Deputy Ruairí Quinn: Information on Ruairí Quinn  Zoom on Ruairí Quinn  It solves the problem in this way. One could then argue there is no legal problem because the developers who had loans with banks X, Y and Z still have the loans with those banks. The legal relationship between the borrower and the lender would not be [523]changed in any way and could not be challenged. There is good property expertise in the banking system and it could evaluate the real and potential value of such loans. It could address the questions of which loans to form and the capacity to repay. Certain loans could then be isolated and put to one side.

The problem the Labour Party has with the NAMA proposal is in the detail rather than the concept. We all recognise there must be a transfer of the toxic debt out of the way to provide for the resumption of normal, healthy banking. On that matter the House, including Fine Gael, Fianna Fáil and Labour, is agreed.

How much will this cost? The NAMA proposal is not costed. If one paid one third of the book value of loans one would assume or would be obliged to transfer in some shape or form €30 billion. However one could get the entire shooting gallery for between €2 billion and €3 billion.

Deputy Beverley Flynn: Information on Beverley Cooper-Flynn  Zoom on Beverley Cooper-Flynn  One must still solve the problem.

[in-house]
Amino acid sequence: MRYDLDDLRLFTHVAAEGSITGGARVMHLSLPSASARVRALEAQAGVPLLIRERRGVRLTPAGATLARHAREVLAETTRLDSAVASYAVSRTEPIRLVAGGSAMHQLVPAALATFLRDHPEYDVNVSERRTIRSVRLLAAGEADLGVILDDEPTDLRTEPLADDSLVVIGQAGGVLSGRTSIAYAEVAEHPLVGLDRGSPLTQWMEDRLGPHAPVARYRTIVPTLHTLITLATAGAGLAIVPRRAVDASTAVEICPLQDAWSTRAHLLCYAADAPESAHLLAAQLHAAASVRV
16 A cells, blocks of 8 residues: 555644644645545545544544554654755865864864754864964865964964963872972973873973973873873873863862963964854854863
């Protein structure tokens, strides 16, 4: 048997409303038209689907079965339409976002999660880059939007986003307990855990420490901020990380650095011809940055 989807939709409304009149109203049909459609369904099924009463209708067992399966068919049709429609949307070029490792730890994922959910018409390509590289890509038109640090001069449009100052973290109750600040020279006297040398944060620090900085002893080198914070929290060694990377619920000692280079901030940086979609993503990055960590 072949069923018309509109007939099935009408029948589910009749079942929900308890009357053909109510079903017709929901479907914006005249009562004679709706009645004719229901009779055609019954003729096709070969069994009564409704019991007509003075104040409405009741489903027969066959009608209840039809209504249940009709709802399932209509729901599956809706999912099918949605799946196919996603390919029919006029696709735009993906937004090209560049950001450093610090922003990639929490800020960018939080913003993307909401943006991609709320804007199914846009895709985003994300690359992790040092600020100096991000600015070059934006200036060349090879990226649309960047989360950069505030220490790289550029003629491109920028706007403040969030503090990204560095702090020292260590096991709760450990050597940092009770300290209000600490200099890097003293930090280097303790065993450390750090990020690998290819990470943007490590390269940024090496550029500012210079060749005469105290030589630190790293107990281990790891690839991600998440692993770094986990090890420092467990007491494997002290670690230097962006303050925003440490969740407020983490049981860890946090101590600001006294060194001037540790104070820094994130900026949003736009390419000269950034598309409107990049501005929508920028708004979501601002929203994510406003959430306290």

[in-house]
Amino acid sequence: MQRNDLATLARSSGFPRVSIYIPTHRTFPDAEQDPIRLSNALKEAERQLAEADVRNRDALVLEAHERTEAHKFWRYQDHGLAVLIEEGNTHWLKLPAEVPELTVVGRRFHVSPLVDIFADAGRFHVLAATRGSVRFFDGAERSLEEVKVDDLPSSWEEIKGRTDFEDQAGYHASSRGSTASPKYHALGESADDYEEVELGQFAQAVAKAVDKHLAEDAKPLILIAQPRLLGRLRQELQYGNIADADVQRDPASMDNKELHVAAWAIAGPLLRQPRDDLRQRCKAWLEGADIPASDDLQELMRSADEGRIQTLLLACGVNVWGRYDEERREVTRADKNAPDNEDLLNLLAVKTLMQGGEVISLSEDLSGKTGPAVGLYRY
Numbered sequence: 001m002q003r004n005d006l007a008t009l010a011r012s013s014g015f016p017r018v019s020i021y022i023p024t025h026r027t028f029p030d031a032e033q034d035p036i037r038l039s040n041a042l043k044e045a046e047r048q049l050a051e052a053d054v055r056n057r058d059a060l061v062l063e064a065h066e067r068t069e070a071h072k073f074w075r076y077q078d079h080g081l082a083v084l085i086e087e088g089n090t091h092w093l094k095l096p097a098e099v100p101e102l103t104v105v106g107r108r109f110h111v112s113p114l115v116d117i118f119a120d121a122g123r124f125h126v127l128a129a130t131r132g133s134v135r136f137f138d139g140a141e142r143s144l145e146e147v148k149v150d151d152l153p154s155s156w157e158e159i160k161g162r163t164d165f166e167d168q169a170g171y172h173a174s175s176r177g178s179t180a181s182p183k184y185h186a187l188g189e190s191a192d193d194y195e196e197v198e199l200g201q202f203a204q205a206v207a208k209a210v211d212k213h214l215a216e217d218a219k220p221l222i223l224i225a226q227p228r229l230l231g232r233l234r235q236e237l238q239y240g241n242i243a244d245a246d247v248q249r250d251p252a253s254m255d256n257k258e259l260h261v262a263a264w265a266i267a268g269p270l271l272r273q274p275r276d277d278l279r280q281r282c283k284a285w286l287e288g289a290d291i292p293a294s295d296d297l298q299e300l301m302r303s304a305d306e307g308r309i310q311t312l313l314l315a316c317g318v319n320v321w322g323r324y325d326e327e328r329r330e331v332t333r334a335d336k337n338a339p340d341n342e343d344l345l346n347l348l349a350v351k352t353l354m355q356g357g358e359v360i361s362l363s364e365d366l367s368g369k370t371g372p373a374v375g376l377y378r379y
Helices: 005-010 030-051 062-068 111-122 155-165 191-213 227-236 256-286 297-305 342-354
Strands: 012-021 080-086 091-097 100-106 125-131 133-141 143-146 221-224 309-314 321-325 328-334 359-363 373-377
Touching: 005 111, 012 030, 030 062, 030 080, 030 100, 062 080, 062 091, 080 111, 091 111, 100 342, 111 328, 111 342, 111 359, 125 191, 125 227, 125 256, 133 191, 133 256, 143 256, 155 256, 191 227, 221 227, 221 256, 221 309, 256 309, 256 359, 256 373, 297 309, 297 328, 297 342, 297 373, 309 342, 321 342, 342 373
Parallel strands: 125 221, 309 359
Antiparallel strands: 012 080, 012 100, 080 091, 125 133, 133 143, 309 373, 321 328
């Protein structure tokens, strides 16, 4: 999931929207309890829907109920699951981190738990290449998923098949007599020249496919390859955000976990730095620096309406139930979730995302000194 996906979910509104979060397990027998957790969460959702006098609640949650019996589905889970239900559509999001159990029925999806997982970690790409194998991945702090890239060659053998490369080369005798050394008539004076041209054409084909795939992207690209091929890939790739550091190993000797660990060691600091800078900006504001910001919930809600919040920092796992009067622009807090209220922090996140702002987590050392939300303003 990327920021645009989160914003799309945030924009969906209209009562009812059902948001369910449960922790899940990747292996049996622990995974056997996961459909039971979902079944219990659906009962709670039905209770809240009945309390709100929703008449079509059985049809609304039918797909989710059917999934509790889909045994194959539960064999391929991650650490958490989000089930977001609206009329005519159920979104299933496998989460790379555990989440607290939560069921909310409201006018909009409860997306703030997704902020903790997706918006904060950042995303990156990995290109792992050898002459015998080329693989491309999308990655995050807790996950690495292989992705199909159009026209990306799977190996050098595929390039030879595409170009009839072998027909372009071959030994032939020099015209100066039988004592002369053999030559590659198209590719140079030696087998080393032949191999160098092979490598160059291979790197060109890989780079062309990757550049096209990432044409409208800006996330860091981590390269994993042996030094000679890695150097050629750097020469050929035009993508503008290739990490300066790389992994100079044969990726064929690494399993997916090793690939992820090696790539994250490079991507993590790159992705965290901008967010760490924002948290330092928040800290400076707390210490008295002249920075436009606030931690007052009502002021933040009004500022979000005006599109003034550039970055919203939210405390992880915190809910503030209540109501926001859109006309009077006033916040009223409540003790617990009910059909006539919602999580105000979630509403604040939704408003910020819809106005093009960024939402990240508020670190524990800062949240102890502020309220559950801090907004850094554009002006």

8 o’clock

Deputy Ruairí Quinn: Information on Ruairí Quinn  Zoom on Ruairí Quinn  One must still solve the problem. However, we would propose a clear out of the boards of management. They would not be run by the Department of Finance, as the Minister, Deputy Ryan, attempted to suggest, in the way that Irish Life was in its heyday as a successful commercial bank, 98% of which was State owned. There was no interference from Merrion Street in the way that financial house operated. We would tell the new staff and management there were flat rate salaries and no bonuses, and when they bring it back to the market in seven to ten years' time, 5% or 10% of the realised value will be their shared bonus pool. We would turn to the shareholders and say we are sorry they lost their shirts. Those of us who saw the “Six-one” news today saw the tragedy that has become the reality for so many of them. We would tell those people, many of whom are elderly, they have been taken to the cleaners. They invested for the dividend as much as for the value of the shares. We would tell them the Government does not want to make a killing from the nationalisation and refloatation and that when the bank’s value can be maximised and it is refloated, once the State and the taxpayer have realised what they put into it, the balance will stay in a pot, and 30%, 40%, 50% or whatever it is will be divvied out to the existing shareholders. We can say to the granny or grandfather whom we saw on TV that they might not see the money but their children and grandchildren will get it.